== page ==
Using a Credit Card to Pay Your Rent

You can use a credit card to pay your rent and boost your credit score in an indirect way. Open a credit card, and use it to pay your rent (if your landlord accepts credit cards as a payment method), then pay your credit card balance in full each month. The timely credit card payments will help boost your credit score.


Some landlords may charge a processing fee if you use a credit card to pay your rent.

Are Cosigners Affected by Rent Payments?

Renters with bad credit or no credit may need a cosigner to get approved for an apartment. It's important to know how cosigning will affect your credit before agreeing to put your name on the line for an apartment you won't live in

Cosigning a rental agreement will impact your credit the same as if you were the sole tenant of the apartment, even if you're not living in the apartment you cosigned for. When there's a credit check for the application, the cosigner's credit is impact. Any payment reporting will be included on the cosigner's credit report as well.

A debt collection resulting from non-payment will impact the cosigner's credit, even if monthly payments weren't regularly reported to the credit bureaus. Many landlords don't contact a cosigner until the balance is seriously past due. Cosigners have to be even more diligent about making sure monthly rent payments are made on time so their credit isn't negatively impacted by late rent payments.

Timely rent payments may help your credit if your landlord subscribes to a credit reporting service or if you pay for a third-party reporting service. Late payments, on the other hand, often only affect your credit if a severely late balance is reported by a collection agency.

Frequently Asked Questions (FAQs)

What credit score is needed to rent an apartment?

The credit score you need to rent an apartment varies by landlord. Some landlords expect good credit, while others are okay with fair or even poor credit if you have adequate income. Landlords may also be more concerned with evictions, collections, and foreclosures than with your credit.

What is considered good credit?

A good credit score is a score of 670 or higher. A score of 740 to 799 is considered very good, and a score of 800 or higher is considered excellent. Credit scores range from 300 to 850. Each credit bureau has its own credit scores, and those may vary. For example, you may have a score of 745 with two bureaus and 735 with another.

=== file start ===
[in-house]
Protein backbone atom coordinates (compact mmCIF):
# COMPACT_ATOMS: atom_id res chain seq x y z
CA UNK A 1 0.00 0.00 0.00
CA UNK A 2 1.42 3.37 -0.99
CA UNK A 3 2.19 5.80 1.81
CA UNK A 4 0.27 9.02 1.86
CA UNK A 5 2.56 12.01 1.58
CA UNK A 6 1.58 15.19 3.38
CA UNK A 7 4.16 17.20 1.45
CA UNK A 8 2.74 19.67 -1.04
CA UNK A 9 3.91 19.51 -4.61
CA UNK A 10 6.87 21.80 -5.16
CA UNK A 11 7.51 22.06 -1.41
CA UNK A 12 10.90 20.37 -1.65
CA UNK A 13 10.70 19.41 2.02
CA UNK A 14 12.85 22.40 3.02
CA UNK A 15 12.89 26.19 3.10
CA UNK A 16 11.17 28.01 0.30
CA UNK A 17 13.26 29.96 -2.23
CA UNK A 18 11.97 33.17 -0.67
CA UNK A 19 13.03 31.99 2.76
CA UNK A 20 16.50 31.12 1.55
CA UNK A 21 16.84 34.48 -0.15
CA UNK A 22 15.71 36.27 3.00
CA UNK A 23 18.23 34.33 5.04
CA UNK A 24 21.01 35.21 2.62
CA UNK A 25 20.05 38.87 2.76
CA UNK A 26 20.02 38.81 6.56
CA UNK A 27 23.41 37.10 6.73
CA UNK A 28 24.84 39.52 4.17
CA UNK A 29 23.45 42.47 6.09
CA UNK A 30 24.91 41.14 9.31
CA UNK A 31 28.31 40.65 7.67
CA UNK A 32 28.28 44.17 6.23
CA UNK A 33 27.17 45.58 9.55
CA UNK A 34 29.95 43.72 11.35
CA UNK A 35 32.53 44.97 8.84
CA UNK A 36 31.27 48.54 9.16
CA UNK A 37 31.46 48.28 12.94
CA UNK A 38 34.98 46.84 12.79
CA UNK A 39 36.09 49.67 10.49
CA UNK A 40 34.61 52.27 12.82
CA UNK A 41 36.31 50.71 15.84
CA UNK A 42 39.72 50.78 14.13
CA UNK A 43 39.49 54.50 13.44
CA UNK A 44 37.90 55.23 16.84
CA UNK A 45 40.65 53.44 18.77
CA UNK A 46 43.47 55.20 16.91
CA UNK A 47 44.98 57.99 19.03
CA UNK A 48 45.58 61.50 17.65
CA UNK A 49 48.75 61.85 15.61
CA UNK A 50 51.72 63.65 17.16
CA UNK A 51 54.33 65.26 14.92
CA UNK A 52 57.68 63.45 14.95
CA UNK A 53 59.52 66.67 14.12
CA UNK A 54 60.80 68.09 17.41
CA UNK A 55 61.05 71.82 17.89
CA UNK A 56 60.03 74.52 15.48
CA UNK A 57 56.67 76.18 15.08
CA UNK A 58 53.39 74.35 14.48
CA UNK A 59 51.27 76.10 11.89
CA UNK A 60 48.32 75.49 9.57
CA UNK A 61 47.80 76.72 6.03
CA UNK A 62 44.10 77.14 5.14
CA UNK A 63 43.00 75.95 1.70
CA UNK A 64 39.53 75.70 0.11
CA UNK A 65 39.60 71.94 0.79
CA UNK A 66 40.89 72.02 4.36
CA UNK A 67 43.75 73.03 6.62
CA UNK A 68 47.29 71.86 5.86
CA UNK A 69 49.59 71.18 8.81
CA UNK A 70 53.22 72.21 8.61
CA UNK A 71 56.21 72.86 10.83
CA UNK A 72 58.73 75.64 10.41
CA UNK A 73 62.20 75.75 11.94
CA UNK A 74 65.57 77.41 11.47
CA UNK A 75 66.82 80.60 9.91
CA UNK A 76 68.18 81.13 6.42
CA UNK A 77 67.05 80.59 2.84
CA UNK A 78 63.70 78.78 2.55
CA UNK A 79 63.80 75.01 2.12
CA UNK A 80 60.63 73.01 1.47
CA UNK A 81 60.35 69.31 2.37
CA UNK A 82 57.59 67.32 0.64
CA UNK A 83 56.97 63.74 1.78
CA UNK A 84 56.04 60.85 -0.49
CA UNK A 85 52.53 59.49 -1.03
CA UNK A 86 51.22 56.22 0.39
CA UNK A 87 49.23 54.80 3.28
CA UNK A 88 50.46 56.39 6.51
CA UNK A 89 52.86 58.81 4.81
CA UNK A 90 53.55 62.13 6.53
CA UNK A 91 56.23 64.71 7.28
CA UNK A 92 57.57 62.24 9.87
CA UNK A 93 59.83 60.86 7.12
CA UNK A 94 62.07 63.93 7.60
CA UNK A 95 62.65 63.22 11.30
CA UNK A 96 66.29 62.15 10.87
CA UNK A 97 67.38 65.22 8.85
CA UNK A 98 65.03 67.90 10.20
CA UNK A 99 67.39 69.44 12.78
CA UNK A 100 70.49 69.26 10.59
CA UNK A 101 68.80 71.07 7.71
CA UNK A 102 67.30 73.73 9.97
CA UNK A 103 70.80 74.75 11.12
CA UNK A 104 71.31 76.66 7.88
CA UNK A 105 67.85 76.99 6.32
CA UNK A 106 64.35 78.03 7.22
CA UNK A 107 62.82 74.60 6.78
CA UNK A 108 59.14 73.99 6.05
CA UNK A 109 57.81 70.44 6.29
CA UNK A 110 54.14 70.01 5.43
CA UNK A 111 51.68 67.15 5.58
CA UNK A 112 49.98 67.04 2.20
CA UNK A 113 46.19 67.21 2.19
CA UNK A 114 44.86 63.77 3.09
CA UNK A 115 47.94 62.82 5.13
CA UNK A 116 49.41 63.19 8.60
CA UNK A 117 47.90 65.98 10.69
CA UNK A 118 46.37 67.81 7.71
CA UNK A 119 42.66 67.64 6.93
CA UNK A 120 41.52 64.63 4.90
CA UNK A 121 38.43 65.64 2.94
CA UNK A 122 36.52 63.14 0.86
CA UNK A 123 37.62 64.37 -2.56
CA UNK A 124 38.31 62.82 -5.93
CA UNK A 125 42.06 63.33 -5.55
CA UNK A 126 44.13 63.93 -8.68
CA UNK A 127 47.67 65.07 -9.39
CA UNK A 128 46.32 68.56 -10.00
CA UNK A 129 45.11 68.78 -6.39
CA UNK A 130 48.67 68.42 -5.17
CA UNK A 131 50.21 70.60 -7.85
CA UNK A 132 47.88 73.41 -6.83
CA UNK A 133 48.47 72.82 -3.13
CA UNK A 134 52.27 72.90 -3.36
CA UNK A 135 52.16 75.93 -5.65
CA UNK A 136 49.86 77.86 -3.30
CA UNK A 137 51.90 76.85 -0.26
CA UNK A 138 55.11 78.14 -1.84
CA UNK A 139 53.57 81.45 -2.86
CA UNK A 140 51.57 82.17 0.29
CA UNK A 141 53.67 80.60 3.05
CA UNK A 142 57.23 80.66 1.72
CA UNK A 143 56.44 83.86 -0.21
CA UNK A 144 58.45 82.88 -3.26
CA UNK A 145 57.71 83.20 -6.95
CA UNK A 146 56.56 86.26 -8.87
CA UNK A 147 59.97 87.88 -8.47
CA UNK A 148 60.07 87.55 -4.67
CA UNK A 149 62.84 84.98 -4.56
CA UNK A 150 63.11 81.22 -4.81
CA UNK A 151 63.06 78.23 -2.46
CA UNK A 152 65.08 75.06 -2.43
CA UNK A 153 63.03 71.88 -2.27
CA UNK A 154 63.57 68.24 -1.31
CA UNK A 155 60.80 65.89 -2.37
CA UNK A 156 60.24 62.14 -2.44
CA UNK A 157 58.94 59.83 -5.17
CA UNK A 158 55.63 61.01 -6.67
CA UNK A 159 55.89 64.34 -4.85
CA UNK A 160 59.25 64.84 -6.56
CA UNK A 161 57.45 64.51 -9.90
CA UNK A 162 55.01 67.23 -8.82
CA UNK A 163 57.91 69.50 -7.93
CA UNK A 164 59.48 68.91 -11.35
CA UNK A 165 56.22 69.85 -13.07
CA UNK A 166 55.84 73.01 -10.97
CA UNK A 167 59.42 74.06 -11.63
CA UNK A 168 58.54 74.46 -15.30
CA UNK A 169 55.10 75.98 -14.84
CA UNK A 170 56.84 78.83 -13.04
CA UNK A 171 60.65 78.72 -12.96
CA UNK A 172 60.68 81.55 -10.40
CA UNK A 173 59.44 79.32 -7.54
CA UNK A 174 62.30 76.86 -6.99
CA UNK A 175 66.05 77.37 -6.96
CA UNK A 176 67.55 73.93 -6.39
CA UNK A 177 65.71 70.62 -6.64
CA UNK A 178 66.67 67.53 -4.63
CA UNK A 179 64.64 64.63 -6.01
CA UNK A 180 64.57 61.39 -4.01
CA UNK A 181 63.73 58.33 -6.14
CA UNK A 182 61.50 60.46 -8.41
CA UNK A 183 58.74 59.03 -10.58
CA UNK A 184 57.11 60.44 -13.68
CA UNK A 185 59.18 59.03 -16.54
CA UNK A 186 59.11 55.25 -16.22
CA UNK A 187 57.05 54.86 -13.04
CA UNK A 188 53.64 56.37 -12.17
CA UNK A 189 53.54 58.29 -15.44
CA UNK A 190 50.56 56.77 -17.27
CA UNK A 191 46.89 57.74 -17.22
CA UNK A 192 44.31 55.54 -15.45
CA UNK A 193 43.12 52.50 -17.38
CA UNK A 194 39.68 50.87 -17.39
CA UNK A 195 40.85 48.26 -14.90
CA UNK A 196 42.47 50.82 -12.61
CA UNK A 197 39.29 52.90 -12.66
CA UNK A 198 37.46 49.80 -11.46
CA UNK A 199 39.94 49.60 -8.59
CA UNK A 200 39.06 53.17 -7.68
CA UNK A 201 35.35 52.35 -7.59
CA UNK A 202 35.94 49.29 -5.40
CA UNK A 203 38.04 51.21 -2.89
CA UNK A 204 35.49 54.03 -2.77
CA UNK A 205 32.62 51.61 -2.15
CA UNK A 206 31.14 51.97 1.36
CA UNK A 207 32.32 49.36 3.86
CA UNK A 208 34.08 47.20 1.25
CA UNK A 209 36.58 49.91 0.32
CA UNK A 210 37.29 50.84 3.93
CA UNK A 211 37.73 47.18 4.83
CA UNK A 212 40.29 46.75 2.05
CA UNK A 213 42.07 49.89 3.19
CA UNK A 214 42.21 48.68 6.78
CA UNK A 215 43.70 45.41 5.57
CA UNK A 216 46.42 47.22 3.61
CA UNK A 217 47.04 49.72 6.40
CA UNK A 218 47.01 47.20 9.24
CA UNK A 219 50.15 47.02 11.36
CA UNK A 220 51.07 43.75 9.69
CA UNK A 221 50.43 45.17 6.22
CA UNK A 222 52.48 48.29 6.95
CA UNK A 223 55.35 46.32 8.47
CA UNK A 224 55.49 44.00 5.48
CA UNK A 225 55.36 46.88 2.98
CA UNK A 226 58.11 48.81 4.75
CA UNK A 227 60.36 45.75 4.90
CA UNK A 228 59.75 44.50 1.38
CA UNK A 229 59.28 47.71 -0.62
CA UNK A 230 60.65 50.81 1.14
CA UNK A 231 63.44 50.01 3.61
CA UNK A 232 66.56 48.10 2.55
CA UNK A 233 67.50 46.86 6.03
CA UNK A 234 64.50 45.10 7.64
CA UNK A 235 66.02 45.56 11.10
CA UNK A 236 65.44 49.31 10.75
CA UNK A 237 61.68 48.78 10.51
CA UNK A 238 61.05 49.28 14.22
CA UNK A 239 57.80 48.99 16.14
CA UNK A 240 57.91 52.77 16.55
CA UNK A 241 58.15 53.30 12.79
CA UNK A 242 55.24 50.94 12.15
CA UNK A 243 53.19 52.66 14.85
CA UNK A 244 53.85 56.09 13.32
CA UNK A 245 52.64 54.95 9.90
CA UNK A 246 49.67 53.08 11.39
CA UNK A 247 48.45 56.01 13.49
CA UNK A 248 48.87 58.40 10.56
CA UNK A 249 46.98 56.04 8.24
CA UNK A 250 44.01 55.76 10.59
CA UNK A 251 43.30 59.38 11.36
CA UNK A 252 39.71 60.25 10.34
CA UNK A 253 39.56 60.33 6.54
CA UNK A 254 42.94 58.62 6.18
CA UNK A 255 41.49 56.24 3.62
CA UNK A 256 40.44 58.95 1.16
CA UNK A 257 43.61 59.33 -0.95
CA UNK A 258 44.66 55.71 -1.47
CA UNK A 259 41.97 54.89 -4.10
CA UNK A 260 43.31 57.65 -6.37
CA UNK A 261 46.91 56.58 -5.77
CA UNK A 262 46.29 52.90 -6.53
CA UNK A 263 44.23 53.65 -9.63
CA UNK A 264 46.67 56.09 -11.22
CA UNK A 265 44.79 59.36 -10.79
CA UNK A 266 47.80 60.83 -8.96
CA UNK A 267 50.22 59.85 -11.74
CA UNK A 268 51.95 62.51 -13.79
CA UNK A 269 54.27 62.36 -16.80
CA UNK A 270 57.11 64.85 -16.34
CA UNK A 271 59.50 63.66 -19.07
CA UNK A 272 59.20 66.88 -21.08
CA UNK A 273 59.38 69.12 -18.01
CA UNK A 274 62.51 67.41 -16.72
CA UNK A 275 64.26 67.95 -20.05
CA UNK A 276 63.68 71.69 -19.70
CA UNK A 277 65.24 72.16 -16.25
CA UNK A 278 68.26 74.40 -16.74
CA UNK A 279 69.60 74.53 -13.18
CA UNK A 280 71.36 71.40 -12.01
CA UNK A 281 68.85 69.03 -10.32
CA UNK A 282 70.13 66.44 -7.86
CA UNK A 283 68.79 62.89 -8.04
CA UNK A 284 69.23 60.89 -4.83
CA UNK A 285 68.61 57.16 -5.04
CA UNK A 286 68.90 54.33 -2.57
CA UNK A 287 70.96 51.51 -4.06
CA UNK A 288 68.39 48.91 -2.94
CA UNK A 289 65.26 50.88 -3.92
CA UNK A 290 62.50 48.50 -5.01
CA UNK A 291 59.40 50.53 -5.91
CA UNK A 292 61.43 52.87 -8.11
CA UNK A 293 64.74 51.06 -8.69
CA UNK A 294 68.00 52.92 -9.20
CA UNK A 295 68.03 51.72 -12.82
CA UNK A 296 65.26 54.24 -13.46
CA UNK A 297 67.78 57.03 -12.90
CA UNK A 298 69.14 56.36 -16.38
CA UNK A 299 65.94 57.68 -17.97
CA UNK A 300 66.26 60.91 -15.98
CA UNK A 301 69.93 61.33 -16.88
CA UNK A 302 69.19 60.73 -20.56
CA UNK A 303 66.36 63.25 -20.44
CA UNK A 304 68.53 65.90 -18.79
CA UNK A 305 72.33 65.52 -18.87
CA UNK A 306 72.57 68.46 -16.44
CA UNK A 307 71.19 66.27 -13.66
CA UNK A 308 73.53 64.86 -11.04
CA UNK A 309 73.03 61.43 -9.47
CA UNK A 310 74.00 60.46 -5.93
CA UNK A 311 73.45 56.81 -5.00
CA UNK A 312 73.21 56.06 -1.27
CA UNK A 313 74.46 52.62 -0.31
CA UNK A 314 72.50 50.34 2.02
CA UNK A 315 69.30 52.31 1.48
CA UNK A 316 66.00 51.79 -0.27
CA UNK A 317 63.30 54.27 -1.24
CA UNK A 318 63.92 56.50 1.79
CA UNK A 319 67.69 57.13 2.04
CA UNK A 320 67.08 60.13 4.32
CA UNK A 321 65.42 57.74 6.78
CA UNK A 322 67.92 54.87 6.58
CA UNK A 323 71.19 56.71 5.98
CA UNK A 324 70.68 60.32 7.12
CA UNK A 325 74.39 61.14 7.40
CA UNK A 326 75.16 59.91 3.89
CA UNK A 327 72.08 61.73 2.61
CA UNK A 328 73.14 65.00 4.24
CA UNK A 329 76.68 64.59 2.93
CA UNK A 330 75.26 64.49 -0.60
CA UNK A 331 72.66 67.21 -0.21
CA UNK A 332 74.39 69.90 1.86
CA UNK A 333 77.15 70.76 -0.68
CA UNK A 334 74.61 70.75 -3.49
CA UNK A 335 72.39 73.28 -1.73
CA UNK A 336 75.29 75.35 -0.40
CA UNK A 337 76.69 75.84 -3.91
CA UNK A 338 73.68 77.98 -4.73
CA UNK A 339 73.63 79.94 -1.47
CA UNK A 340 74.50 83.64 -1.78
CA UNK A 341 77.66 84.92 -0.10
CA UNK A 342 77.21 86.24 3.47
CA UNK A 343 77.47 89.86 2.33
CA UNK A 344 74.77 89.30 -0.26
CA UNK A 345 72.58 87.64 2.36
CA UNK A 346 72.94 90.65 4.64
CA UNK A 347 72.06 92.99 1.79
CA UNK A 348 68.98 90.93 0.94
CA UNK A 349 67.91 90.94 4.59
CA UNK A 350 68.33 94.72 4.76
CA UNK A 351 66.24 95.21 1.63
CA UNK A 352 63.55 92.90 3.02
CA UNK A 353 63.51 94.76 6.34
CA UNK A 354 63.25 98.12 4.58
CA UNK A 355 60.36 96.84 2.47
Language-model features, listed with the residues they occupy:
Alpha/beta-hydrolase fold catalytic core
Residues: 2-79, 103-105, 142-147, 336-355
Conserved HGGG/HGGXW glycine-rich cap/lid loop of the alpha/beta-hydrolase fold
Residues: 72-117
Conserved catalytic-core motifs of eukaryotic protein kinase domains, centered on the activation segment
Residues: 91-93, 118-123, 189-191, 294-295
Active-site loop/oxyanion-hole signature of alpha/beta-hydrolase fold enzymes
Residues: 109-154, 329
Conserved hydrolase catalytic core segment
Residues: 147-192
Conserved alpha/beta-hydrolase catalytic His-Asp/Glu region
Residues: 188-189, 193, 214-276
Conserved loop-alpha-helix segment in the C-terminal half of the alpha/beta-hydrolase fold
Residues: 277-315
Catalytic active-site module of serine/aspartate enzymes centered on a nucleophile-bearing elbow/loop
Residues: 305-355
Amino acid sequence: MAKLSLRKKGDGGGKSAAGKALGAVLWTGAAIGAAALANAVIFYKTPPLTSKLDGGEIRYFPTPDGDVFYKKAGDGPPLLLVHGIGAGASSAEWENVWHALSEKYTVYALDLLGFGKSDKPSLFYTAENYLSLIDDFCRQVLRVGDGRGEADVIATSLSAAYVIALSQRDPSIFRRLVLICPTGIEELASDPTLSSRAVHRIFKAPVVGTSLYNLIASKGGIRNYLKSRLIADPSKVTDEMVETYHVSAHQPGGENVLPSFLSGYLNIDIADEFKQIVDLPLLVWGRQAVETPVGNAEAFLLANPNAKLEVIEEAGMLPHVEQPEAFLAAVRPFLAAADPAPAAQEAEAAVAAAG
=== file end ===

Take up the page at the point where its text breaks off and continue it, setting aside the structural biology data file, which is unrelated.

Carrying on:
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The Balance uses only high-quality sources, including peer-reviewed studies, to support the facts within our articles. Read our editorial process to learn more about how we fact-check and keep our content accurate, reliable, and trustworthy.
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  2. Fair Issac Corporation. "Credit Checks: What Are Credit Inquiries and How Do They Affect Your FICO® Score?"

  3. TransUnion SmartMove. "Go Behind the Score With Tenant Credit Reports."

  4. Consumer Financial Protection Bureau. "Could Late Rent Payments or Problems With a Landlord Be in My Credit Report?"

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  6. Fair Isaac Corporation. "Truth Squad: Can Scoring Rental Data Vastly Improve Credit Access?"

  7. Experian. "Does Breaking a Lease Affect Your Credit?"

  8. Experian. "How Does an Eviction Affect Your Credit?"

  9. Experian. "Can I Pay My Rent With a Credit Card?"

  10. Los Angeles County Consumer and Business Affairs. "Improving Your Credit Record."

  11. Experian. "How to Get an Apartment With Bad Credit."

  12. Progressive. "What to Know Before Cosigning a Lease."

  13. Quicken Loans. "How to Rent an Apartment With Bad Credit."

  14.®. "Having a Cosigner Can Help You Land a Rental."